Sunday, September 7, 2008

Making Children a Public Policy Priority

Last Thursday, I attended Idaho Voices for Children's Early Learning Forum: The Economics of Investing Early. IVC is a statewide advocacy organization whose mission is to develop and promote a state-level unified policy agenda that targets child health, education, safety, and family economic security.

We learned about what they're doing in Utah (which seems far more pragmatic and progressive in its approach to early childhood ed), some of the latest KidsCount statistics (which underscored the obvious and overwhelming need for quality childcare in the state), and were treated to an interesting conversation about legislative possibilities (or lack thereof) with Sen. Elliot Werk (D-Boise) and Rep. Mack Shirley (R-Rexburg).

It's been shown for every $1 we spend on education, $17 are returned to society. Yet, as a state and a country, our public investment in children only starts to increase well after most of their brain formation is complete. And in Idaho, it's even more grim (see below). I'm left once again wondering why our own state government allows extremist ideology to trump common sense and fiscal responsibility, particularly given where we stand in relation to the rest of the country.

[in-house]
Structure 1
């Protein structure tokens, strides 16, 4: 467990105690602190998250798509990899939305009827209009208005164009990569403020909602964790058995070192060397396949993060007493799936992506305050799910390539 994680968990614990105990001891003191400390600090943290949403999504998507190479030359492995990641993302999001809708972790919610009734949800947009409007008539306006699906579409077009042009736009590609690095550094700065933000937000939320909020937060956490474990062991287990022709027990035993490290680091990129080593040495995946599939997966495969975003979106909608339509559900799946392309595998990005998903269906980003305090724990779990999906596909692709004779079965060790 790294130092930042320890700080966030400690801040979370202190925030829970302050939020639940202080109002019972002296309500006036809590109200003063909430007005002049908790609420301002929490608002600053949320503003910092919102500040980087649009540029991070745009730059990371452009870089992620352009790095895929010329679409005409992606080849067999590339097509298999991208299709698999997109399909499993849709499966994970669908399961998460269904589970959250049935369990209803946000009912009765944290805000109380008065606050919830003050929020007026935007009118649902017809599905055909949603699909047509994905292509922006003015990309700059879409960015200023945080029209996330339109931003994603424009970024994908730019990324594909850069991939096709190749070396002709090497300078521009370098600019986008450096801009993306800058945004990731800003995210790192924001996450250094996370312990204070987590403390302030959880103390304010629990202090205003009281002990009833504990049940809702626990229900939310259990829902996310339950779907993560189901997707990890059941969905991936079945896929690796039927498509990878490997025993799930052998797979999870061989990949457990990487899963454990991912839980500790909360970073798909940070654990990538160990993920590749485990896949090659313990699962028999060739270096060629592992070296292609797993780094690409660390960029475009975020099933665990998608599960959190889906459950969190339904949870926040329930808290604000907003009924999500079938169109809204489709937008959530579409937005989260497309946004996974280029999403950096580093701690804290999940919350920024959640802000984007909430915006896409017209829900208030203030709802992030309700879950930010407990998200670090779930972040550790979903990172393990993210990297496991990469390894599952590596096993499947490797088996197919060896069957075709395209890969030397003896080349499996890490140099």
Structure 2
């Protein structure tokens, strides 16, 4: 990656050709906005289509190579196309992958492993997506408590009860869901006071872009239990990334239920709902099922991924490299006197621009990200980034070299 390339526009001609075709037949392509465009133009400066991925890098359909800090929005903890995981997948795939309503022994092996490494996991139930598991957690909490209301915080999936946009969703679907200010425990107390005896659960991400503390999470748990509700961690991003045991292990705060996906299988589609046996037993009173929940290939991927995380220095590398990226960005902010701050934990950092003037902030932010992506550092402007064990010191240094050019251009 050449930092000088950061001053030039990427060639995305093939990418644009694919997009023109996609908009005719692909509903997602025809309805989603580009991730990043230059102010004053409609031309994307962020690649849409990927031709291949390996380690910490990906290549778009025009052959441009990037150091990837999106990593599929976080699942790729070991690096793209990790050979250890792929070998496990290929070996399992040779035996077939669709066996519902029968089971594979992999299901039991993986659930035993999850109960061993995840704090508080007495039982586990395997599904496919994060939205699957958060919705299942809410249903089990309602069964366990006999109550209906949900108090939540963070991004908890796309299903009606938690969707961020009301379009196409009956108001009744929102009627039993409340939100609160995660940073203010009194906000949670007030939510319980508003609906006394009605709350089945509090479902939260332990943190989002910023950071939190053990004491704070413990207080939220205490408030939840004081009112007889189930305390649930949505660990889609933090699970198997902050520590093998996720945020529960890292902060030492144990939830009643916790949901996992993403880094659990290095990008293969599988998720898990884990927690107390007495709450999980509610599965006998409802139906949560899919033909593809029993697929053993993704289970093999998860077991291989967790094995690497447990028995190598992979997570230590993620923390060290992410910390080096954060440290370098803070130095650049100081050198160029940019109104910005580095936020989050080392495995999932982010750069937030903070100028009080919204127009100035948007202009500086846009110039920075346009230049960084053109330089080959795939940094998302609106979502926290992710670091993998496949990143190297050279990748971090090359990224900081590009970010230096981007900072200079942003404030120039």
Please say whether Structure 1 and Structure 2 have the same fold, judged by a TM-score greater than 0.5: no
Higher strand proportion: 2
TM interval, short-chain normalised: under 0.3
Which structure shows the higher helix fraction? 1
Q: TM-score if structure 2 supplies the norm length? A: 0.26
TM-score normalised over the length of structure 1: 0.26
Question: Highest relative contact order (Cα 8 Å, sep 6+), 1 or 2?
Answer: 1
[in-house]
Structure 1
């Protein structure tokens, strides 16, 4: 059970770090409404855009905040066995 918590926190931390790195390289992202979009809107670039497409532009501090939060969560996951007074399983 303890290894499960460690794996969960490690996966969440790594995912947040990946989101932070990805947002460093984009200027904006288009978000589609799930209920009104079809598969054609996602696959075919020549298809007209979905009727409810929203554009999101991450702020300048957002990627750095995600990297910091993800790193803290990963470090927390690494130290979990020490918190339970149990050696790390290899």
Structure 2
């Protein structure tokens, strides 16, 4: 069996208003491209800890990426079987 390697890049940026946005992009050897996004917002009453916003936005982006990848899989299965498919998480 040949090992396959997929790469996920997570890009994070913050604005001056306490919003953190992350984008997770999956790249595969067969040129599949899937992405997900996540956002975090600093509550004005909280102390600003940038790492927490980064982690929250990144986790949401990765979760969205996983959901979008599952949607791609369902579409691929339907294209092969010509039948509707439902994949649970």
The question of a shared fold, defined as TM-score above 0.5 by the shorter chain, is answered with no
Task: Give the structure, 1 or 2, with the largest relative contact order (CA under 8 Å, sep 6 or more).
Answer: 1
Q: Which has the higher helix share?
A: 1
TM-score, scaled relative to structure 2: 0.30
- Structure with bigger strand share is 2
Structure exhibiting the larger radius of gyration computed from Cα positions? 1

* 41 states in the US offer public pre-K educational programs (including the District of Columbia).
* The US Conference of Mayors passed Resolution #36 to advance “Quality Pre-K for All.”
* Business Week magazine called preschool education one of its “25 Ideas For A Changing World.”
* Early education is a bipartisan issue with wide support from governors, mayors, legislators and business leaders across the nation.

* Idaho is one of only ten states in the nation without a public pre-K education program.
* Idaho provides no state funding for Head Start. Approximately 20% of eligible children receive Head Start services.
* Idaho has no state policy which provides for school readiness assessment.
* 30% of Idaho 3 and 4 year olds are enrolled in preschool programs compared to 45% nationally.
* 5% of kindergarten students attend full-day kindergarten compared to 63% nationally.

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